In contrast, the unbranded executions for Yentreve and Lyrinel did not perform as well. Some 72 per cent of GPs did not remember the Yentreve ad while almost 80 per cent did not recall seeing Lyrinel. The ad for Yentreve features a photo pinned to a wall of a group of young women drinking and out having fun.

Yet without both branding and copy, it may be more difficult to guess what product the ad is promoting. The headline reads, 'LOST - Meeting up after work, going dancing, jumping into taxis and all the laughter that only good friends can provide'. It is discreet, and may not be providing sufficient clues as to the product's therapy area.

Just 16 per cent of GPs said that the ad was for Yentreve in the unbranded tests and a further 9 per cent identified the therapy area only.

The Lyrinel ad features a woman getting off a train and a train ticket. Without the copy, it is not very clear what the ad is for. The straplines help - the GP can see that the train ticket is a 'ticket towards dryness' and the product works by 'Improving the standard of bladder control'.

Fourteen per cent of GPs said the ad was for Lyrinel while a further 5 per cent thought it was for 'Lyronex'. Some 16 per cent correctly identified the therapy area but not the brand name.

When the branding on each ad was revealed, 69 per cent of respondents said they had seen the Detrusitol ad, while 34 per cent of doctors could remember seeing Yentreve advertised and 26 per cent remembered seeing Lyrinel.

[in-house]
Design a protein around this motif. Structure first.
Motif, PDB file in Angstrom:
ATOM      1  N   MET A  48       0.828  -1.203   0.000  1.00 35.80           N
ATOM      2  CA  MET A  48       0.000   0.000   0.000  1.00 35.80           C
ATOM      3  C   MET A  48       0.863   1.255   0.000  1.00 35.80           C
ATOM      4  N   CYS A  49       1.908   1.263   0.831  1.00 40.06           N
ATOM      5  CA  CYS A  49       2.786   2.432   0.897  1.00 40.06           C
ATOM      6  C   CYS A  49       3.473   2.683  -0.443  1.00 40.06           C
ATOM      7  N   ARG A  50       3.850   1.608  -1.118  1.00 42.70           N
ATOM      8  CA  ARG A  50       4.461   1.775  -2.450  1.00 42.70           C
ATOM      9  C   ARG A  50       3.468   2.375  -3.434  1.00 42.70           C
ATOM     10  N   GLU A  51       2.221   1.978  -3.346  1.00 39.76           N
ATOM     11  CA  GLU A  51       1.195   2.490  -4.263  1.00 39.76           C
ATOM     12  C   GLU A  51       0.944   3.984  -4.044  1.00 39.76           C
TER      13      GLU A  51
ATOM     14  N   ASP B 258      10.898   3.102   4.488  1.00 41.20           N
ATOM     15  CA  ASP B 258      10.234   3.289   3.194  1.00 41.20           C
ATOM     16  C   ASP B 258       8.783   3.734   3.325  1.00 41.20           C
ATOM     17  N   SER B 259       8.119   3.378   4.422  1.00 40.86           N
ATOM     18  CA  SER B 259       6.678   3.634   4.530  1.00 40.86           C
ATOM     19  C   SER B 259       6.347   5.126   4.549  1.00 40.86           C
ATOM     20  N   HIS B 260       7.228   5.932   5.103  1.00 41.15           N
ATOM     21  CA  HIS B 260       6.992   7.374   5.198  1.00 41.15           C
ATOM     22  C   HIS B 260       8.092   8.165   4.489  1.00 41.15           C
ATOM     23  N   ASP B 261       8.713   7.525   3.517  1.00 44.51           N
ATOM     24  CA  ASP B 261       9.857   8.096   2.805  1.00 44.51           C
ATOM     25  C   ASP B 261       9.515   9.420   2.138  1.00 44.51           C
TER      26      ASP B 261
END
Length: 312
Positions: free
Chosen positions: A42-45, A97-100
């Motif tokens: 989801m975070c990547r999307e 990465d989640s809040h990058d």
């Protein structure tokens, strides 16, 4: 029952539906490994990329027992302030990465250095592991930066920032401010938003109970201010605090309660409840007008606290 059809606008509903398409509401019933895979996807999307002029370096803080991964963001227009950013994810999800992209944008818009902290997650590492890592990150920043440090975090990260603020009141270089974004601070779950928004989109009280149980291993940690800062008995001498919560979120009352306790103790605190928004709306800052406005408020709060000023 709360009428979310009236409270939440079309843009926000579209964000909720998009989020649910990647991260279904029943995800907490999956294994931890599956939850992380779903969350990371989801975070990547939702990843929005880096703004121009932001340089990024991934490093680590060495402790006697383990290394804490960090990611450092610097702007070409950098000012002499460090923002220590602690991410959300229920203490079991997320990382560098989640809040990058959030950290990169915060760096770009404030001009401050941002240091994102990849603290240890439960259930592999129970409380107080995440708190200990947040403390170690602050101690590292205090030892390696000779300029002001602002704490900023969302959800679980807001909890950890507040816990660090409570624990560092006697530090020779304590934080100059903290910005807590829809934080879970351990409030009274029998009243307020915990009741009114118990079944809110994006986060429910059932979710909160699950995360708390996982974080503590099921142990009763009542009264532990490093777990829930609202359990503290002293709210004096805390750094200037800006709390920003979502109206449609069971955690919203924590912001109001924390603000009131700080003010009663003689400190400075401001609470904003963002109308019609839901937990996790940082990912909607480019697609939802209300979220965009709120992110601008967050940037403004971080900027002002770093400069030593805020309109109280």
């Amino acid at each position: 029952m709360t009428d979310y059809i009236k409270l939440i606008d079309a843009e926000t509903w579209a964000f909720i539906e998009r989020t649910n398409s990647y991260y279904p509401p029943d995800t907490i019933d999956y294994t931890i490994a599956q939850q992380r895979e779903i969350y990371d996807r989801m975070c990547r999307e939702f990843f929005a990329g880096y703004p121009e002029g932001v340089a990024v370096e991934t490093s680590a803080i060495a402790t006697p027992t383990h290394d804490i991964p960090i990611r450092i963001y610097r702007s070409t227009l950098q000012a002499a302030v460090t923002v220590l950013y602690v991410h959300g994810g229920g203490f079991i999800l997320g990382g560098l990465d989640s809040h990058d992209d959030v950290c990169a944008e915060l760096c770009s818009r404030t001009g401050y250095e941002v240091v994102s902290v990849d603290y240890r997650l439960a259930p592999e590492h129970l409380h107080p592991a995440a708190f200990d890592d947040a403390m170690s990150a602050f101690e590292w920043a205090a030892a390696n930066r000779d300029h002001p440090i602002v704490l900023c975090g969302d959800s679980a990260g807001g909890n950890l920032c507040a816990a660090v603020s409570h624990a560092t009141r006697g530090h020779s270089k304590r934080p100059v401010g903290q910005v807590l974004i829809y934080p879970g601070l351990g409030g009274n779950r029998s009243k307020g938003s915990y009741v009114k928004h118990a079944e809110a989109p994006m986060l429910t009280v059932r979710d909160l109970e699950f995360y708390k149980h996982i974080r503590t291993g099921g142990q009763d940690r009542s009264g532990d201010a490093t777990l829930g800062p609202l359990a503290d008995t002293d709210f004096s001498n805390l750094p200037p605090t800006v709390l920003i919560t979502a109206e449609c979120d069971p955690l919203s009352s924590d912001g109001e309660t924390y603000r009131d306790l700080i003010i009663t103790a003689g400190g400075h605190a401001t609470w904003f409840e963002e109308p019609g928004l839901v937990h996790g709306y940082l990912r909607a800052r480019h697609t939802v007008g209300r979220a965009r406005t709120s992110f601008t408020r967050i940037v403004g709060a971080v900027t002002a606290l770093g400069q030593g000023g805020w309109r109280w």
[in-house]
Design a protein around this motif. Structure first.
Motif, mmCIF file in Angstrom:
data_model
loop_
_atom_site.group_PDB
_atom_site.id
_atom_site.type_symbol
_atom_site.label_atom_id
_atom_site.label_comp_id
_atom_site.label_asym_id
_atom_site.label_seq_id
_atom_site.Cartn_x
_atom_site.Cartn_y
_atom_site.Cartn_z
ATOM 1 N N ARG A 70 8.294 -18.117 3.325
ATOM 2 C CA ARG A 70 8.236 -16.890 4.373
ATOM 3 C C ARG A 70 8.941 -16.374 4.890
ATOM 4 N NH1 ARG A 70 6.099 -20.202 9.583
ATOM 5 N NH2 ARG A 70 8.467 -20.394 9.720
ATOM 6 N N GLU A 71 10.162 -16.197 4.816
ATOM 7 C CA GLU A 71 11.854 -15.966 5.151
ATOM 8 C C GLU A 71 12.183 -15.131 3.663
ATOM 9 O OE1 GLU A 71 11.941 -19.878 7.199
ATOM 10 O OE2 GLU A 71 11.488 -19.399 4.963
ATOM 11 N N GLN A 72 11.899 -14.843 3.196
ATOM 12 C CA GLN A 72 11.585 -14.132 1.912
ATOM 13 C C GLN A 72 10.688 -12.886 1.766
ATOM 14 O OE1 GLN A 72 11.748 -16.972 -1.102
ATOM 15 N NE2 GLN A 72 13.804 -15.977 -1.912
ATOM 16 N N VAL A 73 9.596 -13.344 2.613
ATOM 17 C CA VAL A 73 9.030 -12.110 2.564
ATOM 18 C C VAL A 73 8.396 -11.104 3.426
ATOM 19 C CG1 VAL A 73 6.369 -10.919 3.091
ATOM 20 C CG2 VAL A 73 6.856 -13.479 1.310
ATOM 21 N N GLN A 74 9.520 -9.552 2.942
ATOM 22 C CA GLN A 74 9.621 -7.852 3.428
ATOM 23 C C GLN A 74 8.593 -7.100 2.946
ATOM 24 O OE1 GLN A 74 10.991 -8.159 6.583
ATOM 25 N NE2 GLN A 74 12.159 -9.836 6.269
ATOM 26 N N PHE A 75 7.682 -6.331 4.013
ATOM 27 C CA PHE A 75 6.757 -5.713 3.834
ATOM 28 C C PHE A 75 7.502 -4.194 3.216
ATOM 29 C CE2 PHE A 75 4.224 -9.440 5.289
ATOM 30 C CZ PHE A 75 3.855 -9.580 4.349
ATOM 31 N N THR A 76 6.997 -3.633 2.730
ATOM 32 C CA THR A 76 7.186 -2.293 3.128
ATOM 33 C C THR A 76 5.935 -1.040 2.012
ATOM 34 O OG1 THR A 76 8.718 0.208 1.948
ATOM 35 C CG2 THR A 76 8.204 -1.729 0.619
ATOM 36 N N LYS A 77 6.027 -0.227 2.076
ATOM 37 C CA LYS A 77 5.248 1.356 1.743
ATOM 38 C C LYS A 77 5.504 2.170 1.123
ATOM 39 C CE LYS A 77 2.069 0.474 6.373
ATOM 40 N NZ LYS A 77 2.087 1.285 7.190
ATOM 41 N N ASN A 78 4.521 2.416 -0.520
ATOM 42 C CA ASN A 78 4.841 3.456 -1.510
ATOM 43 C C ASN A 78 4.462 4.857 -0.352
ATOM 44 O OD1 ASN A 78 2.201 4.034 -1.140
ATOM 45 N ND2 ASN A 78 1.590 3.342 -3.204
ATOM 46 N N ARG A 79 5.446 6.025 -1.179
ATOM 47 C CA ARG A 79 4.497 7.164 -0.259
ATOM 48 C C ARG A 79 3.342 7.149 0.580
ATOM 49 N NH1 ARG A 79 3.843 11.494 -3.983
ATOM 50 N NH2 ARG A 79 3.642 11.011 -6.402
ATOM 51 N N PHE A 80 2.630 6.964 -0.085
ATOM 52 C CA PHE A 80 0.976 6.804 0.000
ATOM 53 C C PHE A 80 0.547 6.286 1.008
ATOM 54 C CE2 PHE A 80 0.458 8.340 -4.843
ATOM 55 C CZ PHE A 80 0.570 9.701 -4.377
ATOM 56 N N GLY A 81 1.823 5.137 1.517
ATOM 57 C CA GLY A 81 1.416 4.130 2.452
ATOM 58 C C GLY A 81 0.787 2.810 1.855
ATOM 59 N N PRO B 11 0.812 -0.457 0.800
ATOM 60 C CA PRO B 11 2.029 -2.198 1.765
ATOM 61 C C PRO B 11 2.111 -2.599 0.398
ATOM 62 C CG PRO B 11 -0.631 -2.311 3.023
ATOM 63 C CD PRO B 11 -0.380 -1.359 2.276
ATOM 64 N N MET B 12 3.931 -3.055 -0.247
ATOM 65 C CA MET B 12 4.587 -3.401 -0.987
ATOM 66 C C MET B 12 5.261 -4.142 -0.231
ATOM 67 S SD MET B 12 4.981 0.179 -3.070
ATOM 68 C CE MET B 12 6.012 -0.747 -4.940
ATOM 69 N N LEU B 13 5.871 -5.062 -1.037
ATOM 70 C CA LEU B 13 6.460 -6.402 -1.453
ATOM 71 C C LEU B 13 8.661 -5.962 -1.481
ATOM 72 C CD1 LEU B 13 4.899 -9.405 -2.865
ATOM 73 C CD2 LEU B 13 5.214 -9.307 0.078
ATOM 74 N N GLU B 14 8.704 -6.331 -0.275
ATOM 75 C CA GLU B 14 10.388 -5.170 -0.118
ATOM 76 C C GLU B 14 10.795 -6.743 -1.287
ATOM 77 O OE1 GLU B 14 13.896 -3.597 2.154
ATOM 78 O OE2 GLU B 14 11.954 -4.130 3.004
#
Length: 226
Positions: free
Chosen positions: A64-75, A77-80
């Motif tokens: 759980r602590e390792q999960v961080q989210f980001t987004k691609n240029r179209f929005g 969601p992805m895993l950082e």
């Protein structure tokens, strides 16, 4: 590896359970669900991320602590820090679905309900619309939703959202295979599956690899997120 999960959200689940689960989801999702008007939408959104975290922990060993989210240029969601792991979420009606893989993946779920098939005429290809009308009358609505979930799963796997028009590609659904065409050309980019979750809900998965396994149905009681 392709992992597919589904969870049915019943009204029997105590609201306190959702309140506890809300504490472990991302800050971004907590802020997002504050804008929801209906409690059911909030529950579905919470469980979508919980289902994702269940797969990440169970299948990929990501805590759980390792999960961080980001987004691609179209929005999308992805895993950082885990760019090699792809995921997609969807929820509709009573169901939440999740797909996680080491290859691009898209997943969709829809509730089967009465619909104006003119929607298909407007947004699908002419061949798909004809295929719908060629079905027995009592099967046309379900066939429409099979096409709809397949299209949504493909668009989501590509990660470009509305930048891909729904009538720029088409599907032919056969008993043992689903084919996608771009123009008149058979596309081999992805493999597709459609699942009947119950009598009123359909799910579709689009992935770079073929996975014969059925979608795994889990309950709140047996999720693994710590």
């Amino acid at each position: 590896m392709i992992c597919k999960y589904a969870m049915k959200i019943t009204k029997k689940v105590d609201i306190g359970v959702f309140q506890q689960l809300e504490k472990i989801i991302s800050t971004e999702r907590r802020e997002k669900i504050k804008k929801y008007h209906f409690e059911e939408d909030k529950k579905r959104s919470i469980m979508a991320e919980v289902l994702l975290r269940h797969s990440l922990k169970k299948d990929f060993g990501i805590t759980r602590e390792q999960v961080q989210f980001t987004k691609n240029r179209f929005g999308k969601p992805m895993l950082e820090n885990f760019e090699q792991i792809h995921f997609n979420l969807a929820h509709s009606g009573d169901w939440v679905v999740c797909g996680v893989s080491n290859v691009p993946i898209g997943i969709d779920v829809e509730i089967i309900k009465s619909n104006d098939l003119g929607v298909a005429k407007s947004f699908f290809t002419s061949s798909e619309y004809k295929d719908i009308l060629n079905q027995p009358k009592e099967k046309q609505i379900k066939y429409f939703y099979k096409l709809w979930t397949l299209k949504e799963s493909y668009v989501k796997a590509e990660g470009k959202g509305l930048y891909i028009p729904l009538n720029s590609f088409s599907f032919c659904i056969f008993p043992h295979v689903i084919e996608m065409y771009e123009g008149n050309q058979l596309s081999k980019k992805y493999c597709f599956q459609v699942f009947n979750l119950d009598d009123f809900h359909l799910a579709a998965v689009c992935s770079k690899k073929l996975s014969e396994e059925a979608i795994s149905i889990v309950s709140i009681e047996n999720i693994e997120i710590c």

Added extras

When it comes to the stopping power of an advert, GfK Martin Hamblin uses the key measures of interest and impact to evaluate its success. The Detrusitol ad performed better than those for Yentreve and Lyrinel on both counts and also out-performed the average of five other ads held in the database for products for urinary incontinence. Yentreve and Lyrinel both underperformed with regard to impact and interest, with the latter coming bottom of the heap. It appears that for this therapy area, the best remembered messages are some of the most obvious.

The survey

The data for gp monitor was gathered using Generator, the monthly omnibus from GfK Martin Hamblin. It asked 205 GPs, representative of the UK population, whether they remembered seeing the advertisements for: Yentreve, Detrusitol and Lyrinel XL.

GPs were asked to look at both unbranded and branded ads for these products and try to identify the therapy area for the drug. We also tested the ads for stopping power using the MARS (Media Advertising Rating System) database for the treatment of incontinence.

For more information, contact Mo Rice on 020 7340 0504 mo.rice@gfkmh.com or Julie McGuigan on 020 7340 0534 julie.mcguigan@gfkmh.com

the therapy area for the drug. We also tested the ads for stopping power using the MARS (Media Advertising Rating System) database for the treatment of incontinence.

For more information, contact Mo Rice on 020 7340 0504 mo.rice@gfkmh.com or Julie McGuigan on 020 7340 0534 julie.mcguigan@gfkmh.com

2nd September 2008